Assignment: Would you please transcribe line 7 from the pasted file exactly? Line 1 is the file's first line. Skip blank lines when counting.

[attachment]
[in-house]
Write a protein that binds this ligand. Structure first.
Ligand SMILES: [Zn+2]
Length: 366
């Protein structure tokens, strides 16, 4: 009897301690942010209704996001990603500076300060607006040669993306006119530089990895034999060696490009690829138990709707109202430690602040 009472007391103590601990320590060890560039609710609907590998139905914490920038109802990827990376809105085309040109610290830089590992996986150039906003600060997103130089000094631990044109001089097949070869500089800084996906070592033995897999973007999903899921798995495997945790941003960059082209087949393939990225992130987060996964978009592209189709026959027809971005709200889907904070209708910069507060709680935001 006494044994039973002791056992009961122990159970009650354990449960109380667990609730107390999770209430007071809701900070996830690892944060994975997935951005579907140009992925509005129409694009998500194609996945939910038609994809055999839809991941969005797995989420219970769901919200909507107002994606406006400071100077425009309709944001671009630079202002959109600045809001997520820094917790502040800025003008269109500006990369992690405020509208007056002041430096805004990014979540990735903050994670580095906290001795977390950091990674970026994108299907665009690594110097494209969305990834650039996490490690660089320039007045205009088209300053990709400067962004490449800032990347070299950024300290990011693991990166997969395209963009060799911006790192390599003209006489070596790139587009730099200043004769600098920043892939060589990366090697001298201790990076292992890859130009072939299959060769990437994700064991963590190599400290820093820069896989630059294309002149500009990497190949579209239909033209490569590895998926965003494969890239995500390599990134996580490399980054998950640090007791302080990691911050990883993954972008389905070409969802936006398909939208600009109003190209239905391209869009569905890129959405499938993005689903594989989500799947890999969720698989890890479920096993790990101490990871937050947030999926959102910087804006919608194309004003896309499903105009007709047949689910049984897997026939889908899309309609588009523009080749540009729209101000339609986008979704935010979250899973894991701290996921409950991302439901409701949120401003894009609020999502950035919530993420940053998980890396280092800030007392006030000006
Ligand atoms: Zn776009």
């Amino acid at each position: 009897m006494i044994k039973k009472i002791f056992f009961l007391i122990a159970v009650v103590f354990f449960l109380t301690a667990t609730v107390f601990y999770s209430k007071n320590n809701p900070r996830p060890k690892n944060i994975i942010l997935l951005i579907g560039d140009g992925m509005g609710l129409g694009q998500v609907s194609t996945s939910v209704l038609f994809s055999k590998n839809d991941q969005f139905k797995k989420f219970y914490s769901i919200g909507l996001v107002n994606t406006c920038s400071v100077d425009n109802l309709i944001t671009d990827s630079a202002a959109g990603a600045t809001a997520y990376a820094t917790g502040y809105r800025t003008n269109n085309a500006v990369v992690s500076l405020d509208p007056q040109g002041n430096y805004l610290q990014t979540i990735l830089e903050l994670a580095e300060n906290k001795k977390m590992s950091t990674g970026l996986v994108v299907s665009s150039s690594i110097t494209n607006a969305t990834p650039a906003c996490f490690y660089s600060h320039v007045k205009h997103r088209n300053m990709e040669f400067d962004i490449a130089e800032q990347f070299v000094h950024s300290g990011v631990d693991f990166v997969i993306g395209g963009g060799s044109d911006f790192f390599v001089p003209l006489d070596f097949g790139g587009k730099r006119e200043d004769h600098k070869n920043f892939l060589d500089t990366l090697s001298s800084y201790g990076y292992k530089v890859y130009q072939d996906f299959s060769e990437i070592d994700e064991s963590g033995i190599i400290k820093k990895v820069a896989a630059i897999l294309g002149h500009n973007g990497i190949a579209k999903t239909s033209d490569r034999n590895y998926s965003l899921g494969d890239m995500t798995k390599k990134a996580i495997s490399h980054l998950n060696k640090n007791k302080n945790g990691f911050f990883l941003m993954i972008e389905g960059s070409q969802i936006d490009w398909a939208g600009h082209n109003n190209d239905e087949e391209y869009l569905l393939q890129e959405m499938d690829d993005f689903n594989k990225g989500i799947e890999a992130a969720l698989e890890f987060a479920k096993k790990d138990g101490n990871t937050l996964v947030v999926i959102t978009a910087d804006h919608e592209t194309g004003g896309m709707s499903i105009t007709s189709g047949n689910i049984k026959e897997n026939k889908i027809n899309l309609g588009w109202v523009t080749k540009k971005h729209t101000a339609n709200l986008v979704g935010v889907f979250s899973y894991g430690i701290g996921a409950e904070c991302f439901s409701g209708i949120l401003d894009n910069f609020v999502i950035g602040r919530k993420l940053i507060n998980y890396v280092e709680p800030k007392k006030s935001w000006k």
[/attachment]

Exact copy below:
């Amino acid at each position: 009897m006494i044994k039973k009472i002791f056992f009961l007391i122990a159970v009650v103590f354990f449960l109380t301690a667990t609730v107390f601990y999770s209430k007071n320590n809701p900070r996830p060890k690892n944060i994975i942010l997935l951005i579907g560039d140009g992925m509005g609710l129409g694009q998500v609907s194609t996945s939910v209704l038609f994809s055999k590998n839809d991941q969005f139905k797995k989420f219970y914490s769901i919200g909507l996001v107002n994606t406006c920038s400071v100077d425009n109802l309709i944001t671009d990827s630079a202002a959109g990603a600045t809001a997520y990376a820094t917790g502040y809105r800025t003008n269109n085309a500006v990369v992690s500076l405020d509208p007056q040109g002041n430096y805004l610290q990014t979540i990735l830089e903050l994670a580095e300060n906290k001795k977390m590992s950091t990674g970026l996986v994108v299907s665009s150039s690594i110097t494209n607006a969305t990834p650039a906003c996490f490690y660089s600060h320039v007045k205009h997103r088209n300053m990709e040669f400067d962004i490449a130089e800032q990347f070299v000094h950024s300290g990011v631990d693991f990166v997969i993306g395209g963009g060799s044109d911006f790192f390599v001089p003209l006489d070596f097949g790139g587009k730099r006119e200043d004769h600098k070869n920043f892939l060589d500089t990366l090697s001298s800084y201790g990076y292992k530089v890859y130009q072939d996906f299959s060769e990437i070592d994700e064991s963590g033995i190599i400290k820093k990895v820069a896989a630059i897999l294309g002149h500009n973007g990497i190949a579209k999903t239909s033209d490569r034999n590895y998926s965003l899921g494969d890239m995500t798995k390599k990134a996580i495997s490399h980054l998950n060696k640090n007791k302080n945790g990691f911050f990883l941003m993954i972008e389905g960059s070409q969802i936006d490009w398909a939208g600009h082209n109003n190209d239905e087949e391209y869009l569905l393939q890129e959405m499938d690829d993005f689903n594989k990225g989500i799947e890999a992130a969720l698989e890890f987060a479920k096993k790990d138990g101490n990871t937050l996964v947030v999926i959102t978009a910087d804006h919608e592209t194309g004003g896309m709707s499903i105009t007709s189709g047949n689910i049984k026959e897997n026939k889908i027809n899309l309609g588009w109202v523009t080749k540009k971005h729209t101000a339609n709200l986008v979704g935010v889907f979250s899973y894991g430690i701290g996921a409950e904070c991302f439901s409701g209708i949120l401003d894009n910069f609020v999502i950035g602040r919530k993420l940053i507060n998980y890396v280092e709680p800030k007392k006030s935001w000006k």